Fast Company: Climate science is clear: “Floodwaters are a growing risk for many American cities, threatening to displace not only people and housing but also the land-based pollution left behind by earlier industrial activities. In 2019, researchers at the U.S. Government Accountability Office (GAO) investigated climate-related risks at the 1,571 most polluted properties in the country, also known as Superfund sites on the federal National Priorities List. They found an alarming 60% were in locations at risk of climate-related events, including wildfires and flooding. Maywood Riverfront Park was built on the site of eight former industrial properties in Los Angeles County. As troubling as those numbers sound, our research shows that that’s just the proverbial tip of the iceberg. Many times that number of potentially contaminated former industrial sites exist. Most were never documented by government agencies, which began collecting data on industrially contaminated lands only in the 1980s. Today, many of these sites have been redeveloped for other uses such as homes, buildings, or parks. For communities near these sites, the flooding of contaminated land is worrisome because it threatens to compromise common pollution-containment methods, such as capping contaminated land with clean soil. It can also transport legacy contaminants into surrounding soils and waterways, putting the health and safety of urban ecosystems and residents at risk. New York developers are planning thousands of housing units along the Gowanus Canal, a notoriously contaminated industrial area and waterway.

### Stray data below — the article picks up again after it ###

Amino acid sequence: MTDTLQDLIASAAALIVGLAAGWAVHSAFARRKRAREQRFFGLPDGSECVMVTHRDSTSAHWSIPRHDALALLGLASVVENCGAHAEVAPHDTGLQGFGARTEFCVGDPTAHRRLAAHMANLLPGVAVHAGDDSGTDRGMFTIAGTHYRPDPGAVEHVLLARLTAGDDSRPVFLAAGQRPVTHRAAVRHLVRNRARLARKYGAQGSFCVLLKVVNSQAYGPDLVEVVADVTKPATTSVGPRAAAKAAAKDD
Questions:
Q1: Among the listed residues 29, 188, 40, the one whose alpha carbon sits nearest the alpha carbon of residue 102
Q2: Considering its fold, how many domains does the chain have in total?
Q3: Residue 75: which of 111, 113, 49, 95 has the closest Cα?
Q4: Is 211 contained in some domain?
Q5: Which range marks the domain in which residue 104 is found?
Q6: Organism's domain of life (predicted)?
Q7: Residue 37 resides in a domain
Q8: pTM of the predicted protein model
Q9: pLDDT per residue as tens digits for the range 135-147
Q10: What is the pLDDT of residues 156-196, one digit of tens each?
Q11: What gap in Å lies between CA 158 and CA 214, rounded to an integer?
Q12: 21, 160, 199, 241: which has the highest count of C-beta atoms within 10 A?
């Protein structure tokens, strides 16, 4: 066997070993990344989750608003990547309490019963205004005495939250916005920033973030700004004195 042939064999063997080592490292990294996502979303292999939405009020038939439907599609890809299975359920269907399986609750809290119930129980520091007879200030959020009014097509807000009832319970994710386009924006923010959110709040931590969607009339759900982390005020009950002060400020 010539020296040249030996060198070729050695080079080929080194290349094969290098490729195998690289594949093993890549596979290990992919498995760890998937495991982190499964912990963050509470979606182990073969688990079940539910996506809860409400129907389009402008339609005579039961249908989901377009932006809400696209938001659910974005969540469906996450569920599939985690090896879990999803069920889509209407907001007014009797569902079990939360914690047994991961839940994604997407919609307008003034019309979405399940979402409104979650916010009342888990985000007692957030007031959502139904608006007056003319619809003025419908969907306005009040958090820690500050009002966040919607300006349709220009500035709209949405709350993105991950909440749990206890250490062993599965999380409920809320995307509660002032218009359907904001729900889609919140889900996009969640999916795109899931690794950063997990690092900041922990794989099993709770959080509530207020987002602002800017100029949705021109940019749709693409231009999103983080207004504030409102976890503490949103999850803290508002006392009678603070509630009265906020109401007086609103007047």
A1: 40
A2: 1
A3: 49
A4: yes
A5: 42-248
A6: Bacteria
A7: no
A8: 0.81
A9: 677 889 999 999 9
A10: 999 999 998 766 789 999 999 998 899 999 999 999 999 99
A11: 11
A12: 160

We study urban pollution and environmental change. In a recent study, we conducted a comprehensive assessment by combining historical manufacturing directories, which locate the majority of former industrial facilities, with flood-risk projections from the First Street Foundation. The projections use climate models and historic data to assess future risk for each property. The results show that the GAO’s 2019 report vastly underestimated the scale and scope of the risks many communities will face in the decades ahead.